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Supermarkets and convenience stores in a Home Office-backed trial of age verification technology have reported not a single underaged customer was permitted to buy alcohol.

Last year Morrisons, Co-op, Tesco and Asda launched trials of digital age estimation tech from provider Yoti, while three Bestway Retail premises – Bargain Booze, Tippl and Wine Rack in Leeds – tested a similar solution from Innovative Technology.

The supermarkets using Yoti tech had facial scan technology installed at self-service checkouts, which estimated a customer’s age and refused any customers deemed to be under 25, alerting a staff member to perform a manual age check. The Bestway stores trial worked in a similar way, with green or red lights alerting cashiers as to whether they needed to request ID.

The participating retailers confirmed their support of digital age verification, and said they would welcome legislative change to permit it.

The British Retail Consortium has also backed the technology, saying it would make stores safer.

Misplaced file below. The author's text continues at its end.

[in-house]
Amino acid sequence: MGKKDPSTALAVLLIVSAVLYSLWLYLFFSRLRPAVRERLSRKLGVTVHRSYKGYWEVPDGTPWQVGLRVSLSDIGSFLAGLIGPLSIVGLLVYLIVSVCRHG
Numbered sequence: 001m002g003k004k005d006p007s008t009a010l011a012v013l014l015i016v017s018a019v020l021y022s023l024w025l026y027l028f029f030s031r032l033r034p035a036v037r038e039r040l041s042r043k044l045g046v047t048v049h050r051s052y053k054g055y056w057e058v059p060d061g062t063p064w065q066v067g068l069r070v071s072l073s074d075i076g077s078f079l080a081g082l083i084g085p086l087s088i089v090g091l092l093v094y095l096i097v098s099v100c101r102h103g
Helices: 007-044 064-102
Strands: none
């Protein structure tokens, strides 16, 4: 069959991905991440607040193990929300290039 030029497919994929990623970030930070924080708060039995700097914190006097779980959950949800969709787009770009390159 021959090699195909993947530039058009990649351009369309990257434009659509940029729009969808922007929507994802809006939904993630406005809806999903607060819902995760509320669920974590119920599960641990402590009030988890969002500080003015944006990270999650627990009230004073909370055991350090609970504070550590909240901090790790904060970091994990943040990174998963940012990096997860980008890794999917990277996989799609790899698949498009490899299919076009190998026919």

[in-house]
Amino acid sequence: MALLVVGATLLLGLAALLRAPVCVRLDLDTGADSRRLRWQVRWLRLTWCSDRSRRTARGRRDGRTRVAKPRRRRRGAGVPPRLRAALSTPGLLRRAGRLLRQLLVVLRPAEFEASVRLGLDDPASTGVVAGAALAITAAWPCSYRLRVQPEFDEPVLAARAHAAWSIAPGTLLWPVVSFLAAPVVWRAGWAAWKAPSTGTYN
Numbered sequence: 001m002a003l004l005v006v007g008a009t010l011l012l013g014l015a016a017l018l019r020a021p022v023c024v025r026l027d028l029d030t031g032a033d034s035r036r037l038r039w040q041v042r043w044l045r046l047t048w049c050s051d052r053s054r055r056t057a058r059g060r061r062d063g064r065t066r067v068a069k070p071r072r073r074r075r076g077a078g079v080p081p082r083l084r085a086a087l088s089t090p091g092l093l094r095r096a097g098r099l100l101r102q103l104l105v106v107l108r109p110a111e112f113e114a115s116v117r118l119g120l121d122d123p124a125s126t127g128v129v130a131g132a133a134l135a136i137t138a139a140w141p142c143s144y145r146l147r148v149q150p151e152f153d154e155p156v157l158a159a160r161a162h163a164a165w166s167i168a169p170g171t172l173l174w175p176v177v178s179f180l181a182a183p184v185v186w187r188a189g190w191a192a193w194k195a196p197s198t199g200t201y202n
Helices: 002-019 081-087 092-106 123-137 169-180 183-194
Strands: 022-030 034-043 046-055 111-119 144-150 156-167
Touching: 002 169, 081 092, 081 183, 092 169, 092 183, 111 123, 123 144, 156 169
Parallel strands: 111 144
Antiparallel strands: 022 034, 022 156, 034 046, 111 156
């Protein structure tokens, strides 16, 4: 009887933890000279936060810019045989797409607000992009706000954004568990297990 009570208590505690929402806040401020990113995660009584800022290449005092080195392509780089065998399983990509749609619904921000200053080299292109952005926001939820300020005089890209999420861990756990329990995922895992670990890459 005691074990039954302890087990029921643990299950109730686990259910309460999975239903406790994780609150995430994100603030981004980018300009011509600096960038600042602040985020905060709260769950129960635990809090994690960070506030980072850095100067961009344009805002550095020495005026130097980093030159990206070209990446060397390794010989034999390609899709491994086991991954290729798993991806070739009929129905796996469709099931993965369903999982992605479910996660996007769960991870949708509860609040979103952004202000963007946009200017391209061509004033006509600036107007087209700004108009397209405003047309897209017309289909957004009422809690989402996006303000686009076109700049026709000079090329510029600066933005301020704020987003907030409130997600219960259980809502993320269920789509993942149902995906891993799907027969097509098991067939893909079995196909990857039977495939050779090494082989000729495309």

“The BRC has long campaigned for digital age estimation technology to be used to verify a person’s age for the purchase of alcohol,” said Tom Ironside, director of business regulation at the BRC.

“With incidents of violence and abuse against retail staff sharply rising, the technology would help to make stores a safer place to work and shop.”

The technology is already used for other age-restricted products such as tobacco and knives, but not yet permitted to screen customers attempting to purchase alcohol, the most purchased age-restricted product.

“There is no reason this cannot also be extended to alcohol sales,” Ironside said.

The Home Office and Office for Product Safety & Standards, which ran the trials, said “there is appetite” for the technology to verify alcohol shopper ages.

However, the trials found the technology was “sensitive to a number of environmental factors that could impact on reliability” such as the positioning of cameras relative to bright light.

“Licence holders will need to consider carefully if age verification technologies can work in their premises to realise the benefits consistently,” the Home Office said.

“The work was an important step to further understanding what needs to be in place to successfully embed age verification technologies into an existing robust monitoring and enforcement licensing regime,” it added.